Some Quotes, Odd & Not

 

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“We wanted to ensure that all people—not just the 20 percent of our city residents who don’t own cars—had access to a variety of transportation options across the city, especially those living in neighborhoods with limited transit access." ”Pittsburgh Launches First U.S.-Based Mobility-as-a-Service Initiative" National Center for Mobility Management

Green bus with orange heads to represent passengers"An electric car is "still a multi-ton vehicle that requires a lot of money and resources from all over the world to produce," notes Lolly Walsh. Walsh, a staffer for advocacy group BikePittsburgh, speaks as part of the loose-knit international Car Free Network. "If we just develop a different type of car ... it's just going to push back any change that we need to make." "Who (Re)Built the Electric Car?" Pittsburgh City Paper. 

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“I talk to people all the time who are riding and parking scooters in Pittsburgh, and even though there are a few loud critics on social media, I’ve heard such enthusiastic support and appreciation from everyone I’ve met. People repeatedly tell me they are fun, in addition to being convenient. I have long been interested in making transportation fun, in part because it makes people more likely to use it again even if they have other options. Personally, knowing that scooters are an option I can rely on and find easily at any time has been a massive stress relief. And that is a sentiment I’ve heard echoed by many people in this city,” said Lolly Walsh, Move PGH Program Director, Pittsburgh, Pennsylvania, U.S. "E-scooter Benefits Lead to Better Mental Health And Wellbeing for Riders, New Spin Ridership Study Finds," Spin blog & in the Spin Ridership Study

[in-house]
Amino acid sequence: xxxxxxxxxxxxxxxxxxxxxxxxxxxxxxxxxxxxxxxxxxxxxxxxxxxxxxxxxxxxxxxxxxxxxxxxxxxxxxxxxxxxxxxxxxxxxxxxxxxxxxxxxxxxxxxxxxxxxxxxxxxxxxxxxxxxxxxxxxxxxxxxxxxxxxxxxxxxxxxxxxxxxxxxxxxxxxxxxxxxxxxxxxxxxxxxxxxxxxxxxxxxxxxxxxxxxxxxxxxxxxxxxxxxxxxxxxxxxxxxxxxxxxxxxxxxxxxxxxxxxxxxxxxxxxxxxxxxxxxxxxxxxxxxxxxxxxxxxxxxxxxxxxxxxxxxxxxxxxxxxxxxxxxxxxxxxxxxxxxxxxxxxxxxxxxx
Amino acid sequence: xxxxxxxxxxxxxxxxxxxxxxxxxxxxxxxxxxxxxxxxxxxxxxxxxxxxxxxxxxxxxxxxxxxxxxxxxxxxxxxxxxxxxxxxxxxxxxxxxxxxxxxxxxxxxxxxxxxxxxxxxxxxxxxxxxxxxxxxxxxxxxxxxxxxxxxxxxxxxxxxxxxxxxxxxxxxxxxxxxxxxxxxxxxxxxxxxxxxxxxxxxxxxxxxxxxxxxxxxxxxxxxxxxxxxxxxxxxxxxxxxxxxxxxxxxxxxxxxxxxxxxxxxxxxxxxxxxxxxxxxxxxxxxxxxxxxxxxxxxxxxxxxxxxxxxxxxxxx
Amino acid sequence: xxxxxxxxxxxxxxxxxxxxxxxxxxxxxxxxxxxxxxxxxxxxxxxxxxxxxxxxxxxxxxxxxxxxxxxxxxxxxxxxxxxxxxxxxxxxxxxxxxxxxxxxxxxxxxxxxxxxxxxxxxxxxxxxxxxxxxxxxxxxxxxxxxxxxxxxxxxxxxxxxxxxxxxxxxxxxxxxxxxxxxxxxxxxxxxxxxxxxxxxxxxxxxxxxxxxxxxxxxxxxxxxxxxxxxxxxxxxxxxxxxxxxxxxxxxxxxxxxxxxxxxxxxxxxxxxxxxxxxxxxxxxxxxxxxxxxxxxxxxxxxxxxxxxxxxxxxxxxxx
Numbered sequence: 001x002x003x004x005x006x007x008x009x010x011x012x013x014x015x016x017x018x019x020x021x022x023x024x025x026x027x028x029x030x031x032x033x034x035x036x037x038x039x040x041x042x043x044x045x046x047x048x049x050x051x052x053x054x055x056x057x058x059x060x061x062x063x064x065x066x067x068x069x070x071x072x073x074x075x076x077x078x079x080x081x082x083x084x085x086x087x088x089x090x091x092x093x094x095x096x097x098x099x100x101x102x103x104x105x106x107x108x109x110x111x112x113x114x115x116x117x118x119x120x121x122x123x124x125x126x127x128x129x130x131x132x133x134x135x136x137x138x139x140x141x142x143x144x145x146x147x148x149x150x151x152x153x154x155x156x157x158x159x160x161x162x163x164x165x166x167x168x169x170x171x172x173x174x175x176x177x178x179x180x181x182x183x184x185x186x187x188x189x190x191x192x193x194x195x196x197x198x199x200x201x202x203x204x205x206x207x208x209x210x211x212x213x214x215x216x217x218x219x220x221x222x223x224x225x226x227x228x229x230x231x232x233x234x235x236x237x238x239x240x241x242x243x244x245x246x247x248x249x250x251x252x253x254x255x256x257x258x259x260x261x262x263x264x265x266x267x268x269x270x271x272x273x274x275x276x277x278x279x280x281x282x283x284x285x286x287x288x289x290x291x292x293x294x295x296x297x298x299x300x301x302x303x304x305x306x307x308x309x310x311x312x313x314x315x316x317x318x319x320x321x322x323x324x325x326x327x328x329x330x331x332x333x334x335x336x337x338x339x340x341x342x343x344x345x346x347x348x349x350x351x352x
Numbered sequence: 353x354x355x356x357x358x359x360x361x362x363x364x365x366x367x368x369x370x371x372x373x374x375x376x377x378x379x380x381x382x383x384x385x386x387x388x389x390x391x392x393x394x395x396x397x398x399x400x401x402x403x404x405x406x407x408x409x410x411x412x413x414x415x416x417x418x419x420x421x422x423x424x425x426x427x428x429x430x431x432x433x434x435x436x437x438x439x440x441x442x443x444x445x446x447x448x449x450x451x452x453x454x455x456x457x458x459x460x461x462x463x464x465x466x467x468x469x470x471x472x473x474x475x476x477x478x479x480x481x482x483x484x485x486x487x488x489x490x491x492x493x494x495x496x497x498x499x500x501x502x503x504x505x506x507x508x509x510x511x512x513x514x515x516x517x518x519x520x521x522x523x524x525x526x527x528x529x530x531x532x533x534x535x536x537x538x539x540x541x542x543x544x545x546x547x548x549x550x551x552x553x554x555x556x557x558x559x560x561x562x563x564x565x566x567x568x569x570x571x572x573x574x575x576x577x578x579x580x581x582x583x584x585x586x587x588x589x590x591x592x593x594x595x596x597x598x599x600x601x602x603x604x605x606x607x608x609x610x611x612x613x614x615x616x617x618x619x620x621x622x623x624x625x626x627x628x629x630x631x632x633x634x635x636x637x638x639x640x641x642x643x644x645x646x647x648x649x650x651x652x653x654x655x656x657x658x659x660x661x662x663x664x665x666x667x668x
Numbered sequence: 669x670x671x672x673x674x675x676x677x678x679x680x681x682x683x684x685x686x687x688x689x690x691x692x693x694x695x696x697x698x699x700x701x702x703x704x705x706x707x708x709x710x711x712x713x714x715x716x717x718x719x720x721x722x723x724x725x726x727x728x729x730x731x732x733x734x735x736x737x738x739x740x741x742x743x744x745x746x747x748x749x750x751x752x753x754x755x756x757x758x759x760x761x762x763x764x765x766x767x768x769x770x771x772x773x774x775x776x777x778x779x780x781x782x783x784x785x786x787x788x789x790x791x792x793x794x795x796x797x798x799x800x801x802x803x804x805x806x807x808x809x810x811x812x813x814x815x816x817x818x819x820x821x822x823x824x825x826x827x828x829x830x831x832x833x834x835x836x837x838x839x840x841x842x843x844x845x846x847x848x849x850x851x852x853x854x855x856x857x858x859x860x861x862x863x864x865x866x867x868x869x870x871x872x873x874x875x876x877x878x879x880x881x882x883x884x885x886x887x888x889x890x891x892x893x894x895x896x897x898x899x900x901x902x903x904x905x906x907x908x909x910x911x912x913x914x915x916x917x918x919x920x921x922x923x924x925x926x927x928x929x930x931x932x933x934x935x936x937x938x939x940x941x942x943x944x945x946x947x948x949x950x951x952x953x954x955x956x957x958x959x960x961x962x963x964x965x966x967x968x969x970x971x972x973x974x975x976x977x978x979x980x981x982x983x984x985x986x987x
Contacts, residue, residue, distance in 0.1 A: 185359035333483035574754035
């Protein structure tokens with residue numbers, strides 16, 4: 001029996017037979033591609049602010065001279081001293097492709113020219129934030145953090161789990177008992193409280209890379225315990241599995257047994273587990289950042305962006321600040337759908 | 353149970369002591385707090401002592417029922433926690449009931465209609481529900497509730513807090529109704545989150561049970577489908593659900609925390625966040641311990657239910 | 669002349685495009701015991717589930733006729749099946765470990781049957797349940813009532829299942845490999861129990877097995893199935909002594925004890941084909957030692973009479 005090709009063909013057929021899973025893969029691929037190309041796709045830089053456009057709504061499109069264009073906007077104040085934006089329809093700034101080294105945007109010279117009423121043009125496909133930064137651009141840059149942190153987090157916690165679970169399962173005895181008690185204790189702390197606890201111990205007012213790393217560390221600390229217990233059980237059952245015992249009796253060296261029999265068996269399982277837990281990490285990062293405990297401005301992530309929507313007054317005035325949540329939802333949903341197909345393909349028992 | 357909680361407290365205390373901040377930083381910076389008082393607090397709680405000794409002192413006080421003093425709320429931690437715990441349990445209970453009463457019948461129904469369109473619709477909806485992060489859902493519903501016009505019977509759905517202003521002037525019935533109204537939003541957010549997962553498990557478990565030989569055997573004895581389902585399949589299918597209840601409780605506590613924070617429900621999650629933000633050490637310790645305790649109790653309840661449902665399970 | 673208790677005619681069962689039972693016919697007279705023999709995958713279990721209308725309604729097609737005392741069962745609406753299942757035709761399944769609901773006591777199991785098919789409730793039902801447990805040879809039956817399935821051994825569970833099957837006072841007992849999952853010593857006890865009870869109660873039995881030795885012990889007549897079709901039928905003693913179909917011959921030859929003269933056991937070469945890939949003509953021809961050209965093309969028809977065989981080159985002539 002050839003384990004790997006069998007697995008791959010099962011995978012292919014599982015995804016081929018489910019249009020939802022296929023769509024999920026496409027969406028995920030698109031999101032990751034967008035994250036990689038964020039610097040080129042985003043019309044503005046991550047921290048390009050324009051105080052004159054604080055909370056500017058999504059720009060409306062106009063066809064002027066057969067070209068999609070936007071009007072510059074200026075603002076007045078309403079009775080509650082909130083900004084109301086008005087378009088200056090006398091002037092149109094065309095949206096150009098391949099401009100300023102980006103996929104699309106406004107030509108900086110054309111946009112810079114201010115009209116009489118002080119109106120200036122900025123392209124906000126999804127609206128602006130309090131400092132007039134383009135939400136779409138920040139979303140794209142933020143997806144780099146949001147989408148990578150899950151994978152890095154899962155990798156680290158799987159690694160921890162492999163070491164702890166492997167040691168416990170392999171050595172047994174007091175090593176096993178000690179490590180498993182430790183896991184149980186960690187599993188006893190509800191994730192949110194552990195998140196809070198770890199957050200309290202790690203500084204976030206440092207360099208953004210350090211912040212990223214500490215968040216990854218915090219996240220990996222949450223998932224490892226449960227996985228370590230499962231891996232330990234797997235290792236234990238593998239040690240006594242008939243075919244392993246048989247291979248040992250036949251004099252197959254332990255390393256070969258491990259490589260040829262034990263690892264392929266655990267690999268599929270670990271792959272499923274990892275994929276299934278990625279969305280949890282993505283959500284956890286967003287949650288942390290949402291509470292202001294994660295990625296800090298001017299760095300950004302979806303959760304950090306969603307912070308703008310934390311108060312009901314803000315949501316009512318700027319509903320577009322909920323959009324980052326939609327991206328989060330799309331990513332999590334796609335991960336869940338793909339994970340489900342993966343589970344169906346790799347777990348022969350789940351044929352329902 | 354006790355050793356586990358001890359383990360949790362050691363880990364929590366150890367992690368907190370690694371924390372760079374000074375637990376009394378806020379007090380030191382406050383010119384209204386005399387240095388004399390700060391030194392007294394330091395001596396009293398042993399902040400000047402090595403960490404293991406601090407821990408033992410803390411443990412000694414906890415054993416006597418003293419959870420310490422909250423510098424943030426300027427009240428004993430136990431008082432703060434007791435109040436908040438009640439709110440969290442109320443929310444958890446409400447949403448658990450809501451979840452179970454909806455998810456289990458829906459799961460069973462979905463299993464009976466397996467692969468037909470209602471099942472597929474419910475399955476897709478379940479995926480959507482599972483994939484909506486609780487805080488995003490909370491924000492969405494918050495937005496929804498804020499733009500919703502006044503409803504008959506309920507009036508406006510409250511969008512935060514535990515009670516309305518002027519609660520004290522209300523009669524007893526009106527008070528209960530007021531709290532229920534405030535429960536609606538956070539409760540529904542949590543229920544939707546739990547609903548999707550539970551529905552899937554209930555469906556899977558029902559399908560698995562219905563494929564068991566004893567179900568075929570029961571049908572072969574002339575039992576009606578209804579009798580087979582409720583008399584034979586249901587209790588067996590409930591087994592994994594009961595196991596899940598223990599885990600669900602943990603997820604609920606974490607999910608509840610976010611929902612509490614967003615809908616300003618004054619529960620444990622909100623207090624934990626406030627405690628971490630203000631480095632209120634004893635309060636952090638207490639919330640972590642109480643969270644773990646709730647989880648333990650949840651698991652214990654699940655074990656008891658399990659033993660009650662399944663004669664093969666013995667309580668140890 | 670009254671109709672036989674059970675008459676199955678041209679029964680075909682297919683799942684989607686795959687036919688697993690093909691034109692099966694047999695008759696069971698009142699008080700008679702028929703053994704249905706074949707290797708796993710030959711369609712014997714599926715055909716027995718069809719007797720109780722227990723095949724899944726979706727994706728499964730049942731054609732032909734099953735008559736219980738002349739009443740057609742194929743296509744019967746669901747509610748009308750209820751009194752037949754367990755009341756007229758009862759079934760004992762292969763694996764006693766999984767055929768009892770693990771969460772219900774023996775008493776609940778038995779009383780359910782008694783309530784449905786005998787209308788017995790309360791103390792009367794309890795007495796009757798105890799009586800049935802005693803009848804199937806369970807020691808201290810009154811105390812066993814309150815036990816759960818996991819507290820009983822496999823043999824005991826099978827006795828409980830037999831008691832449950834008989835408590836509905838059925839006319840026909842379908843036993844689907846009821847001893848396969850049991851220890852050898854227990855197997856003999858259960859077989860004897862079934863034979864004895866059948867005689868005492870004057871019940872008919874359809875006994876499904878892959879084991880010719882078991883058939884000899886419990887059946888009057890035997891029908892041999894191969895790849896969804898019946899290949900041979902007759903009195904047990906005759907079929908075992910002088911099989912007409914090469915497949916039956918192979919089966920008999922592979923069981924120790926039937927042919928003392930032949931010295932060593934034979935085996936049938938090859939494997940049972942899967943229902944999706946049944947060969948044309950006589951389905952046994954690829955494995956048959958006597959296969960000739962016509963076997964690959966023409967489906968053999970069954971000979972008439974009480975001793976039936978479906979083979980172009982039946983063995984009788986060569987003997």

Green bus with orange heads to represent passengers"The past week we have been … dealing with various concerns of residents and just working to ensure that people have the knowledge to both ride safely and carefully and considerately, and also to park the scooters in a way that doesn’t obstruct the sidewalk or make anything more complicated for the rest of the users of our city streets,” Walsh says. "As far as we’ve heard from all these other companies, nothing like [a scooter corral] exists,” Walsh says. “Multiple cities have very little interaction with the actual city government to define how these should be deployed, and Pittsburgh has approached this in a completely different way.”). "Here’s How Pittsburgh Is Handling the “Growing Pains” of Spin Scooters," Pittsburgh Magazine. 

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“There was an ever-increasing [number of services] but they were siloed and competing for the same customers,” said Lolly Walsh, former director of Move PGH. Working together under the city’s Move PGH initiative, the companies were able to integrate their offerings and remove some of the friction usually associated with accessing multiple transportation options. "The Green Standard" Parking & Mobility Magazine. 

Green bus with orange heads to represent passengers"Biking Advocate Lolly Walsh fondly recalls the first time she rode in a separated bike lane. "I had a giant swoon and immediately all my worries about somebody coming up behind me were gone. It's amazing how many worries it takes off your shoulders.": "Safety Concerns Keep Many from Biking to Work" WESA, Pittsburgh's NPR station.